This post hits home on so many levels! Starting when our boys were really young (like, 12 months) people would *regularly* say stuff to us about how much they "looked like us." This totally was a shocker for me as an adoptive mom. I had been preparing myself for how to deal with all that genetic-lineage-'apple-doesn't-fall-far-from-the-tree'-stuff... so it came as a surprise to me when the exact opposite started happening. People (everyone from total strangers to close friends and family) would tell us (pretty often!) that Kyle looked just like me and Owen looked just like Braydon. Seriously. It was/is totally fascinating. It still happens today, but a lot LESS (noticeably less) since our bio daughter came into the picture. Now people regularly comment about her looking just like me ("a spitting image of her mother!" "a little clone!" "just a little version of her mommy!", etc.). I will admit that I do sort of cringe every time that this happens in front of K & O. I swear, I can kind of see their eyes sink when they hear it. We've work hard to acknowledge --and find joy in-- the fact that we, as family members, look so strikingly different. But I know that it is very common for adopted kids to wish they looked more like their parents. So I can imagine that it might be like rubbing salt into a wound when my boys have to listen to people "ooooh and aaaaah" over how much the 'cute little baby looks just like her mama.' My approach has basically been to try to blow it off as much as possible and draw as little attention to it as possible. Just nod and move on and hope it ends quickly. It almost always does. We have had to ask some family members to be more sensitive about it when in the presence of K & O, and they have (mostly) respected our requests. That's all about how they LOOK. How they all ACT is another story. My boys are *MY BOYS* and are so much *me* it is crazy. They are spirited to the Nth degree, full of energy 24x7, and curious about EVERYTHING. It leads to lots and lots of questions and conversations with people in our life-- mostly focused on the ancient 'nature vs. nurture' debate. "How is it possible that they are sooooooooo you but not biologically related to you?!" "Are you SURE you didn't give birth to them?!" "This just goes to show that is is ALL nurture and NO nature!" ETC ETC ETC. (This too makes me uncomfortable... it is like saying that none of these noteworthy things about them could have possibly come from their birthparents/culture-of-origin; as if their 'roots' have nothing to do with who they are today). Funny thing is that our bio daughter is the polar opposite of me in demeanor: totally mellow, even-keeled, and ridiculously laid back. So the joke is always, "Where on earth did she come from???!!!!" These things are all crazy-making to get our heads around. I've gone on long enough, so I'll end it there. But suffice it to say, your post was very thought provoking! :)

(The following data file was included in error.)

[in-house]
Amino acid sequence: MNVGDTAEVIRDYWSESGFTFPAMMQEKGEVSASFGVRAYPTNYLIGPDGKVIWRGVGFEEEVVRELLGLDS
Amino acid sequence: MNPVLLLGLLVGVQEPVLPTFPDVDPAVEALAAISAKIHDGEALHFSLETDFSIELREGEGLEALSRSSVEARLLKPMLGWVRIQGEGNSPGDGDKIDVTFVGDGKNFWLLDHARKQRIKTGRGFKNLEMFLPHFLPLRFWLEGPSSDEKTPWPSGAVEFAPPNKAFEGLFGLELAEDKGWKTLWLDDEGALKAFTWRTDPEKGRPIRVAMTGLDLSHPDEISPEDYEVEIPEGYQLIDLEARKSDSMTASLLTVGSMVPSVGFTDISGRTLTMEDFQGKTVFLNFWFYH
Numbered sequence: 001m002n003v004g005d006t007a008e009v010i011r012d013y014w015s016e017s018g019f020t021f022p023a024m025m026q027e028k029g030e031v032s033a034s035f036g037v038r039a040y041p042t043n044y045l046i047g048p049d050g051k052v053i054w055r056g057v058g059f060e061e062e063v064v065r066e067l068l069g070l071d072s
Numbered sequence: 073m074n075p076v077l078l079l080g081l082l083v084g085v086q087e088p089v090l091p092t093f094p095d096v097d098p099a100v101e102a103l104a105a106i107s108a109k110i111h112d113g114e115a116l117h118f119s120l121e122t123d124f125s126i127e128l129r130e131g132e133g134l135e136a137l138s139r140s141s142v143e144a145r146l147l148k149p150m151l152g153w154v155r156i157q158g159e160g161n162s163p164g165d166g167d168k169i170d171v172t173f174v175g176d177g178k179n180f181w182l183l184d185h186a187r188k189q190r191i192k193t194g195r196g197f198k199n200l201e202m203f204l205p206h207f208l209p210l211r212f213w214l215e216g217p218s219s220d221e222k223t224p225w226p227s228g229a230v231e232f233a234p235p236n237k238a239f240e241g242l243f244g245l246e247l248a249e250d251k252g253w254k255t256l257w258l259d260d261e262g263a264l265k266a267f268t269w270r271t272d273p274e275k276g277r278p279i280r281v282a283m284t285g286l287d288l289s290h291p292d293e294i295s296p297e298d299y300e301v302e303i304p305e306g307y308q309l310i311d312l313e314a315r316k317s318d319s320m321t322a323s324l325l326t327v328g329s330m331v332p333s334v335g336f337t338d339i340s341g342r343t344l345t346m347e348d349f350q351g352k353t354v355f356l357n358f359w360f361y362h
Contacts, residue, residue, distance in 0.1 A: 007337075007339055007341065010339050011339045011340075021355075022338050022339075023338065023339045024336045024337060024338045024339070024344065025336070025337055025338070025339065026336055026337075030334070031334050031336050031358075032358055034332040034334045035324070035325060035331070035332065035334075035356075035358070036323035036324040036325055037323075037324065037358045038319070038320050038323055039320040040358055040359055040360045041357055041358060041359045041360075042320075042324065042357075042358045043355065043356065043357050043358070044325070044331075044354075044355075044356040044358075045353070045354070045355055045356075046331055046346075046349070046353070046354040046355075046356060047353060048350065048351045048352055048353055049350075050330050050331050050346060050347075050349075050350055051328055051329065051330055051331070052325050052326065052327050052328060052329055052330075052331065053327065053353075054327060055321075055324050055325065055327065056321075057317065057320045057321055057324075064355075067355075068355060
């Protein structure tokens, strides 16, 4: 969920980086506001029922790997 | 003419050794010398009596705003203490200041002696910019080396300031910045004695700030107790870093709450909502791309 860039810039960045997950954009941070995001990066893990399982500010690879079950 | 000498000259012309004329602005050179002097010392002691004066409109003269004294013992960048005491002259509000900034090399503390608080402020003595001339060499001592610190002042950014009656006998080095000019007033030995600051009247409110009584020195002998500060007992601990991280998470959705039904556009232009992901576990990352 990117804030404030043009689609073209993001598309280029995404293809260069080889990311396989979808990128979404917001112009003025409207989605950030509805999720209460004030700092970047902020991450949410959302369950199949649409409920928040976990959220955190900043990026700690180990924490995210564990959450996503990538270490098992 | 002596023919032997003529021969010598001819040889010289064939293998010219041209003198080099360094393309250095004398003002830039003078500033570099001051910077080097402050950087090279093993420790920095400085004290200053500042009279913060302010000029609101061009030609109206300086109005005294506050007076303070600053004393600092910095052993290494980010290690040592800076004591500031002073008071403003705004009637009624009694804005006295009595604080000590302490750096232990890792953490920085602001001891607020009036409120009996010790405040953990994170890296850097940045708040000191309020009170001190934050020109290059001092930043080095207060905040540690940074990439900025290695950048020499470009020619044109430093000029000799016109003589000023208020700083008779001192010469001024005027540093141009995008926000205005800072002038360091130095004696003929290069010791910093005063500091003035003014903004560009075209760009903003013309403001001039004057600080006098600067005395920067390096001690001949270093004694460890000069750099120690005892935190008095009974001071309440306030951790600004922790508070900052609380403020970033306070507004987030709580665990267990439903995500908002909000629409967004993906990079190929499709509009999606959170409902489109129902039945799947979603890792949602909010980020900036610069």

P.S. I've been reading your blog for a long time and have recommended your book, Hair Story, to many of my students over the past few years. I think we live relatively close to each other. Maybe we really should try to make your idea a reality (your idea, from post above, of getting a bunch of us together).

LT said...

You're right people seem to have a need to place behavior on some perceived cultural or genetic history. But the question is do we seek those answers as well?

Thank you so much for the thoughtful post. I really did want to hear from adoptive parents in how you deal with it. I gather there is no easy answer, but it is interesting to hear the different responses you've gotten. I have two boys I gave birth to and neither one of them looks anything like me, so much so in fact somebody actually suggested to me that I take my one son in for DNA testing as it is not uncommon for hospitals to make mistakes!!!!

And I feel if we're outing ourselves, I've been a big fan of your Family of Five blog for a long time.

JBH said...

Well...I'M behind in reading your posts!

You know most of my story already, as an adult adoptee. But how could I resist such a juicy (and close to my heart) topic such as this?

You've addressed one of my BIG life questions: What is it about humans and society that we feel the need to find similarities amongst ourselves?

I'm finding out a lot of these answers as I move forward on life's journey. One explanation that resonates with me is that humans are a "tribal" people: we feel a need to bond with others and build relationships and community.

Another side to this issue: in forming communities, we tend to seek out people like us. See where I'm going with this? We look for others who look/think like us.

As I was growing up, I used to constantly think about the "nature vs. nurture" question as strangers would tell me "You look just like your mother." No, I don't: I have dark, almost black, straight hair and she has Norwegian light hair and blue eyes! But perhaps, it was because I picked up her smile mannerisms. Or perhaps the stranger was just trying to pay us a compliment.

My answer to your question: don't avoid the discussion of similar features. Just make sure you draw other similarities ("You like singing, just like Mommy" or something like that) and help the preteen/adolescent make connections to their heritage when they're ready.